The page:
THE FUTURE – ANIMAL ID When asked what parting thoughts Eric might leave with cattlemen if he were speaking to them, here’s how he responded. “It is going to be a shock to people, but animal is ID coming. As we get into animal ID, visibility of individual producers is going to be out there more than ever. So if you want to continue to be in the cattle business, you are going have to do a better a job of making calves cost-effective to people like me,” says Eric. “If your calves are nothing but an expense to me, I will be able to identify them. I will not buy them. Not just me, but other buyers like me will not buy them. Calves will be discounted enough that you won’t enjoy being in the business.” Eric predicts that third-party verification will drive animal ID. “Tyson, JBS, and others like them will drive it,” Eric says. “e range of protocols will be wide, but producers will not be able to dodge it. You will have to prove something. It’s not going to happen next week but, it will happen. e push right now is strong to ID everything.”

ADVICE TO PRODUCERS Producers can do well if they have reputation calves. “You don’t have to have 100 calves. You can have 35. You don’t need to sell them on 35 different days. But, if you sell 30 calves at one time and there is enough history and reliability, and what you said you had done with the calves was true, then, you would see the benefit,” says Eric.

By Joy Reznicek

Heifer Development Tips From Breeding to Calving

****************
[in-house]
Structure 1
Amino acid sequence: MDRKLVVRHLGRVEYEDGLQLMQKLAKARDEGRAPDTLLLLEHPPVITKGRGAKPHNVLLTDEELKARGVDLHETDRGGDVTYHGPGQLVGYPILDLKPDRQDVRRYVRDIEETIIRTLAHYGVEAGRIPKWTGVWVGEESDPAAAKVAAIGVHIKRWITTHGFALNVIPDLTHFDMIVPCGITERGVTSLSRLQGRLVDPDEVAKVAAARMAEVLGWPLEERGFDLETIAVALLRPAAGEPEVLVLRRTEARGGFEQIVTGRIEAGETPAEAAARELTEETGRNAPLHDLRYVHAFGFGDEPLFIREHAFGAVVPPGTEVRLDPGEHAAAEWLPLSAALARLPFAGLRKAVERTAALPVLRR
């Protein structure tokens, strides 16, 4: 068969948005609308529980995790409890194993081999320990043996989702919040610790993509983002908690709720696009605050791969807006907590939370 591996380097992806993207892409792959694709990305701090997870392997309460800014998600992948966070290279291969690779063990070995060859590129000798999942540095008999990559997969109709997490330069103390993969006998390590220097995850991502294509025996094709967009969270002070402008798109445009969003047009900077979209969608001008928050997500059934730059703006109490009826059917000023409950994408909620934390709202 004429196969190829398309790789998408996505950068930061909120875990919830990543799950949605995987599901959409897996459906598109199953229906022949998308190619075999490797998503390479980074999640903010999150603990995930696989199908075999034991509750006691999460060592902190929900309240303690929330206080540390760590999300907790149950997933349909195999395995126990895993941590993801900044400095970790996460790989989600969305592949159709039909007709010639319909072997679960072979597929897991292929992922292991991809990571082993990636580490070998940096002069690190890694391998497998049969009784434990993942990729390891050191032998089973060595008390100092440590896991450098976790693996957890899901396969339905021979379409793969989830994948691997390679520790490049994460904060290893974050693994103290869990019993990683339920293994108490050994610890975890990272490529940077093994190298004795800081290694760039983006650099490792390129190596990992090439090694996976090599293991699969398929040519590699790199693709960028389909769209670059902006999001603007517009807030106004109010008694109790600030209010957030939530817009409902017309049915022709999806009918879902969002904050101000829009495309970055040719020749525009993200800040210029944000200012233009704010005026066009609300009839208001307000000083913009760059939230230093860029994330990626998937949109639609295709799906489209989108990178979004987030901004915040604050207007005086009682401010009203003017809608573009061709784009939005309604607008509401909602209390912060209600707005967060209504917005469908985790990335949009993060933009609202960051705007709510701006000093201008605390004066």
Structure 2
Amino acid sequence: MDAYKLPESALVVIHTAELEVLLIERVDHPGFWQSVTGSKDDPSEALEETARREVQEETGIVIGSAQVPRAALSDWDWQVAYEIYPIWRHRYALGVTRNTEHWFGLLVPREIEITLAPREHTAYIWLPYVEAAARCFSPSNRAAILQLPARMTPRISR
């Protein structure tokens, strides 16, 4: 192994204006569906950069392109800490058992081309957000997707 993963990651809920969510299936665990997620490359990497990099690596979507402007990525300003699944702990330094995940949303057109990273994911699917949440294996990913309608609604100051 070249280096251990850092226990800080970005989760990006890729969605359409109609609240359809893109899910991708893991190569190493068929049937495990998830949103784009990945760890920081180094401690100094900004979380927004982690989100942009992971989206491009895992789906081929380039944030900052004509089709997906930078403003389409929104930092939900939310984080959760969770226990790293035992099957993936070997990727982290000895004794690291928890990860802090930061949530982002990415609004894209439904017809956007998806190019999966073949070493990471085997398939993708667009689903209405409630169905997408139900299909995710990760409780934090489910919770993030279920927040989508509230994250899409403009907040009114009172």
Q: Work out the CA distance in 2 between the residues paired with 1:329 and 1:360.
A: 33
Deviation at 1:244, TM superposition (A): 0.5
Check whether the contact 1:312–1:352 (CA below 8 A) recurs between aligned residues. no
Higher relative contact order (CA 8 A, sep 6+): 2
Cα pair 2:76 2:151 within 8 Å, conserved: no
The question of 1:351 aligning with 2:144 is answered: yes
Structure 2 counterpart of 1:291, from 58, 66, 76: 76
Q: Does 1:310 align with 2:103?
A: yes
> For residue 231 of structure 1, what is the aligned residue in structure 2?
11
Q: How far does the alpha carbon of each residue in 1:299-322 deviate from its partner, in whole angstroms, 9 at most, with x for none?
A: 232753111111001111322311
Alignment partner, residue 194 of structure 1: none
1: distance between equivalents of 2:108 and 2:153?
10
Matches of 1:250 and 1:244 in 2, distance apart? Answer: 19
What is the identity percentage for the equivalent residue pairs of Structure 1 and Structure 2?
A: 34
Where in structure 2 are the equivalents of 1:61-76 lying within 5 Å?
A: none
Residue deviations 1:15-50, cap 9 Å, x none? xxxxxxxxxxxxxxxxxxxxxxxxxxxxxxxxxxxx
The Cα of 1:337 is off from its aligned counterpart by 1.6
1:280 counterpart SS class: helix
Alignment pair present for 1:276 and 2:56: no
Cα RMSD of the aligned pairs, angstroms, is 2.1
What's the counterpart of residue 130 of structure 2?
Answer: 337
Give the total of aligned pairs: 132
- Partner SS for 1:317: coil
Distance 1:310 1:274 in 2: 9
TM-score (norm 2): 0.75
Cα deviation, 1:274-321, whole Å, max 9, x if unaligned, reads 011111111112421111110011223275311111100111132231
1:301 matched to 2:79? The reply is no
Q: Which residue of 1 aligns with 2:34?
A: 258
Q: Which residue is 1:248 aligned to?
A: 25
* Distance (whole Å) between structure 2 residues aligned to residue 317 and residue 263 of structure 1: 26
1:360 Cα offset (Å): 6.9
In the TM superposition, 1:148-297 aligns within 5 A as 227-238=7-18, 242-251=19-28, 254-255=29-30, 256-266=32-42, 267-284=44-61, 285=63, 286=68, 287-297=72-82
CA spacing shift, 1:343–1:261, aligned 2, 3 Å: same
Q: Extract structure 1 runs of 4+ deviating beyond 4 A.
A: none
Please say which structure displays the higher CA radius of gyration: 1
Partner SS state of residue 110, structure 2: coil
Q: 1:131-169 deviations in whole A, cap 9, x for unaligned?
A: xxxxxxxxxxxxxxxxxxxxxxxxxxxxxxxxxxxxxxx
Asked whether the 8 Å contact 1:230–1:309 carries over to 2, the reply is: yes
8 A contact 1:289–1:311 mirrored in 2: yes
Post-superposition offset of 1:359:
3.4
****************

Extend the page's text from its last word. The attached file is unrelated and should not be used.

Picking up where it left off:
HEALTHY, HEAVY BRED MARES ARE A PLEASANT SIGHT TO THE EYE, AND MY EXCITEMENT IS RISING AS WE ENTER THE COUNTDOWN TO FOALING SEASON.Between the end of March and early May, Town Creek Farm will welcome five new foals. Each broodmare was hand selected and is special in her own way. A few words that come to mind when describing the group include ranch bred; heavy boned; solid feet; correct conformation; fluid movement; and muscle and shape in all the right places. Breeding choices are picked on an individual basis to best complement each mare with a goal of producing a cow savvy, easy moving horse with plenty of size and bone. The foals arriving in a few short months promise to fit the bill and are by the following studs: Hickory Holly Time: One Time Pepto x Doc’s Hickory mare, LTE $231,025 to date, 2018 World’s Greatest Horseman Champion Horse with many other NRCHA titles. Mr Playinstylish: Playin Stylish x Doc Tari mare, LTE $145,551, with 2 World Championship titles, 2014 #1 NRCHA Freshman Sire and 2016 NRCHA top 15 leading sire. Im Countin Checks: Smart Little Ricochet x Autumn Boon by Dual Pep, LTE $514,757, NCHA Hall of Fame, 3 plus million dollar sire. CD of a Playboy: CD Olena x Freckles Playboy mare, Reserve World Champion Cutting Horse. Francis Dual: Dual Pep x Doc Olena mare, ranch stud at Saunders Ranch in Weatherford, Texas. For our 2020 foals, we have selected three stallions. PG Heavily Armed: LTE $214,165, this own son of Playgun out of a Bob Acre Doc mare is successfully showing in the cutting pen with 23 major finals to date. He is an impressive bay stallion who really caught my eye with his strong movements and obvious cow smarts and grit. Metallic Malice: AQHA World Show Qualifier, 15-hand bay roan own son of Metallic Cat out of a Mecom Blue mare. He has the size, pedigree, and looks that when crossed on Town Creek Farm’s Grays Starlight/Smart Little Lena mare should produce a special horse. Starlight Midnight, a 15-hand stout, easy moving own son of Grays Starlight x Docs Oak mare. He is a NRHA money-earner and AQHA World Show Qualifier in Jr. Healing. Town Creek Farm is continuing to lay the foundation of a top-notch ranch horse program. With our foundation and ranch bred mares crossed to stallions that bring more modern cutting lines to the table, we are sure to produce that cow-savvy using horse that has the size, bone, and smooth ride to stand up to a day’s work. Life is too short to not ride a good horse. By Anne Sutherland